Every so often there's a need to move and transform a great deal of data for the day job. This was certainly the case earlier in the week when 15GB of compressed database backups were pulled in from a couple of locations and restored to the main development machine. Fully expanded the files worked out to about 91GB of data in total. This isn't an excessive number by modern standards, but it is a large enough quantity of 1s and 0s that some patience was needed before I could actually get to the task that required this data. Fortunately technology has consistently progressed to the point where our computers are rarely bound to a single task, but this rare need to wait 90 minutes for a pair of databases to finish restoring had me thinking about how often we had to wait when using computers 20 years ago.
Back in 2000 I had a custom-built workstation with a pair of 1.0GHz Pentium 3 processors, 512MB of RAM, 120GB of spinning disk storage, RAID controllers, a decent Radeon video card with 64MB RAM, a SoundBlaster that was powerful enough to decode MP3s in real-time to completely take the load off the Pentium chips, and a bunch of other hardware that ensured the bank account stayed as close to empty as possible without dipping into the red. The machine was used for everything from gaming to database work to software development (for Windows and PalmOS) to messing around on IRC. It was the most potent and capable computer I had ever used up to that point, and would hold that title until 2006 when I started using Xeon-powered servers at the day job. Looking back, even with the rose-coloured glasses, there was certainly a great deal of time every day where I would be sitting in front of that powerful workstation while waiting for it to complete a task.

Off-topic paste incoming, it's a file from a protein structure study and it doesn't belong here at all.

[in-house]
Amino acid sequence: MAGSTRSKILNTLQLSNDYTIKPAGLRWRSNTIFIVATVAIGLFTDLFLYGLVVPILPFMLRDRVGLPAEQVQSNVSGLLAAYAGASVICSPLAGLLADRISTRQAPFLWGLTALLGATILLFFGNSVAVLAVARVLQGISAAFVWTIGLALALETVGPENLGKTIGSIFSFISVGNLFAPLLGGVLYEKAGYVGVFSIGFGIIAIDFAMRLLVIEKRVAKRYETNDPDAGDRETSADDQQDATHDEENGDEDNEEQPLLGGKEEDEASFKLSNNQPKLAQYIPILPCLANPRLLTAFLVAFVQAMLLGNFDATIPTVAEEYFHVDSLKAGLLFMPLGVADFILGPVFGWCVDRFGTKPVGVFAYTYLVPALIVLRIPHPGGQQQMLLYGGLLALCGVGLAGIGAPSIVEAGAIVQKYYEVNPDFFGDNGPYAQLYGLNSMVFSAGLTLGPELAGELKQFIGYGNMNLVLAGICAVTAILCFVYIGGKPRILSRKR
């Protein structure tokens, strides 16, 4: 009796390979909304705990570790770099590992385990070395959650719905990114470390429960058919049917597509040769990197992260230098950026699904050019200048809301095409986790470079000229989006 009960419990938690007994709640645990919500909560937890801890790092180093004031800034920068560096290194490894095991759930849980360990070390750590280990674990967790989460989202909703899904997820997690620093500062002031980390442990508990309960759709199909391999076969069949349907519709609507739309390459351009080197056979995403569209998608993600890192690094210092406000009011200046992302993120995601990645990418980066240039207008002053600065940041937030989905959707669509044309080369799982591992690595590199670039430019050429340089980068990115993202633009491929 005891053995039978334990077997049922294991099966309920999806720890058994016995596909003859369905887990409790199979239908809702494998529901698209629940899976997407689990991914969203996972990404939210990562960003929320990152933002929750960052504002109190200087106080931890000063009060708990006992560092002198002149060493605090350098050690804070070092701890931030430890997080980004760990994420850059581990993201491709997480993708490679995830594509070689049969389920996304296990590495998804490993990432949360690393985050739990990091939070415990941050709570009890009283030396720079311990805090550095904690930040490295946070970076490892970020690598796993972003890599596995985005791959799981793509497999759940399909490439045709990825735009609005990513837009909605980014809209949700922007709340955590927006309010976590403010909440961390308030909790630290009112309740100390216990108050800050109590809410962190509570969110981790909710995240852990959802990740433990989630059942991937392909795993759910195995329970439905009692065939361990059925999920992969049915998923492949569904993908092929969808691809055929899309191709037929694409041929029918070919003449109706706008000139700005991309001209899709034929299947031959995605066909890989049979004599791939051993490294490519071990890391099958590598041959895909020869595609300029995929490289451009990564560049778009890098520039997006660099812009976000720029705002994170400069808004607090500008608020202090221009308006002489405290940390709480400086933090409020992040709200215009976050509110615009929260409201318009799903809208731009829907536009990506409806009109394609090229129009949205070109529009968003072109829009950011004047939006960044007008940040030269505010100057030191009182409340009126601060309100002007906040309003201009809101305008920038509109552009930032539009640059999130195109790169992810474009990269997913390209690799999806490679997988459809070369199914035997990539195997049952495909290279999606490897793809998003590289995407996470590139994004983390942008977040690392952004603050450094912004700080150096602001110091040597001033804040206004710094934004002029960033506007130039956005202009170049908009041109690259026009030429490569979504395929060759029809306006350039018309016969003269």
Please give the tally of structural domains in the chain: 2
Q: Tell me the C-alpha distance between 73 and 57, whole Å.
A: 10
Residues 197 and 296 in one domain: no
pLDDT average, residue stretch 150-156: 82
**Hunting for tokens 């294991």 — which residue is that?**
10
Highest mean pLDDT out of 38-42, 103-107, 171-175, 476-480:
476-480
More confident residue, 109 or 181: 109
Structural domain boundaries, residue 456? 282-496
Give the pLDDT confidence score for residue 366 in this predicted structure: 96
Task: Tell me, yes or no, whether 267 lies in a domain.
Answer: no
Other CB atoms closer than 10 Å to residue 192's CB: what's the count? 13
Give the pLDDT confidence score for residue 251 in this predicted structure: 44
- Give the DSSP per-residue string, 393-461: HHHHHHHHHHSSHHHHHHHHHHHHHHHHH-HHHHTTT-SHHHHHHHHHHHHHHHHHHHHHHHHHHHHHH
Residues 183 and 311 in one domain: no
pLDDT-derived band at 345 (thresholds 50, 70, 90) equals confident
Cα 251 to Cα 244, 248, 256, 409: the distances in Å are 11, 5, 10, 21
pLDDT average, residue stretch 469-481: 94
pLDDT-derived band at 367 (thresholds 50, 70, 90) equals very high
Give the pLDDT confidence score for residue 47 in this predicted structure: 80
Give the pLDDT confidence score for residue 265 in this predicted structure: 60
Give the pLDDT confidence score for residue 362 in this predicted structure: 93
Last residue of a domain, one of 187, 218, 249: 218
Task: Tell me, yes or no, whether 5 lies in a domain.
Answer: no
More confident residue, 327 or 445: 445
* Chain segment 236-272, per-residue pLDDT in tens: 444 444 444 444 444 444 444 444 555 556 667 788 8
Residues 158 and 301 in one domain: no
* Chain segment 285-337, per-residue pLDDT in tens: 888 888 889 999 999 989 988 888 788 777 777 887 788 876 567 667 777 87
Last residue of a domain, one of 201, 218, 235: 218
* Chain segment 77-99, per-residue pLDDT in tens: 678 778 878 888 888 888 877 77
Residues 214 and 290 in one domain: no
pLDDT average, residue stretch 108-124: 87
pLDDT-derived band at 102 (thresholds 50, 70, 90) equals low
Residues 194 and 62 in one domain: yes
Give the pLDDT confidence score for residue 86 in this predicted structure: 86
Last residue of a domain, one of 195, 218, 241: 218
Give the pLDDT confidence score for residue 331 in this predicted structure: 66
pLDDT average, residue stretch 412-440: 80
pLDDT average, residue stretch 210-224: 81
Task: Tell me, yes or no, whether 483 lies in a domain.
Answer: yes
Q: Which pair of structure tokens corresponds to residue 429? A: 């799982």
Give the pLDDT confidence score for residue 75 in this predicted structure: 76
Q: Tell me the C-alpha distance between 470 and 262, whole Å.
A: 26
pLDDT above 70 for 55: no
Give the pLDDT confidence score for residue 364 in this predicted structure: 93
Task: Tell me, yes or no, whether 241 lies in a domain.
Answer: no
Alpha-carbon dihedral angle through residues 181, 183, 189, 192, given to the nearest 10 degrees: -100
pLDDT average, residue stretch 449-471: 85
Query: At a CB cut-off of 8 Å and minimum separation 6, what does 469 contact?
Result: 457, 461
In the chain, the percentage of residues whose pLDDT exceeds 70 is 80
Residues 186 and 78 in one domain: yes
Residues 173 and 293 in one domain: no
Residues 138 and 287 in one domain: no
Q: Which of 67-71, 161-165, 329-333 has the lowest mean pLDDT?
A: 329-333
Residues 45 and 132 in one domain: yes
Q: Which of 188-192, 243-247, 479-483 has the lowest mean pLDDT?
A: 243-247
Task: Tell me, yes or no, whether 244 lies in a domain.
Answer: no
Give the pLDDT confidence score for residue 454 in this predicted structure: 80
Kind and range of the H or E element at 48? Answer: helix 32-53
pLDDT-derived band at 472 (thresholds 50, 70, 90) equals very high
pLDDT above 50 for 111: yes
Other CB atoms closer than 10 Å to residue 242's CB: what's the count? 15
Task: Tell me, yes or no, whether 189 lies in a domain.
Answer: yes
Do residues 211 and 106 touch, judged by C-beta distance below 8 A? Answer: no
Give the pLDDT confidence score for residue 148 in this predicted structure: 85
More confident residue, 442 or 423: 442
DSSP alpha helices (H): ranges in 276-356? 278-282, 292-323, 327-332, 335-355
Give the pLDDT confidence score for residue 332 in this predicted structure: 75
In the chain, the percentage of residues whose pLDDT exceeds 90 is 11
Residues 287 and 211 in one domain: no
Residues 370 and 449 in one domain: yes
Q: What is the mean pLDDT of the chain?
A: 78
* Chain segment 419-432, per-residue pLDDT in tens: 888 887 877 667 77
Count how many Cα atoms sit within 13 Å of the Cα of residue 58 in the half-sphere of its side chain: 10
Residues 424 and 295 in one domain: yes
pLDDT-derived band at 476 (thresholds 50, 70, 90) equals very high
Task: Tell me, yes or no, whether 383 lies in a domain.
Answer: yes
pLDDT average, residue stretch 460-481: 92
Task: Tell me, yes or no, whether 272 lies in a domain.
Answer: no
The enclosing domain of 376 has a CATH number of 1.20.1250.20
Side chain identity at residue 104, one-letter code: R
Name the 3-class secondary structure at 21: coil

Booting into Windows 2000 took a couple of minutes. Launching VisualStudio 6 took a minute or so, then another minute or two to open the project I was working on. Compiling code would take at least a minute, sometimes longer. When gaming, a level change could take a minute. Downloads across the local network measured in the thousands of kilobytes per second while anything coming from the Internet trickled in at several dozen kilobytes per second. Waiting was a natural expectation when working with computers.
Current machines are magnitudes faster than the computers from the turn of the century and waits are generally measured in fractions of a second. Every so often, though, we need to afford some time so a task can be completed. During these moments I like to think back to the computers of yesteryear and wonder just how long it would take them to process the same workload.
Ninety-one gigabytes of data for a pair of MySQL database restorations? On the dual-PIII workstation from 2000, it would likely take an entire long weekend.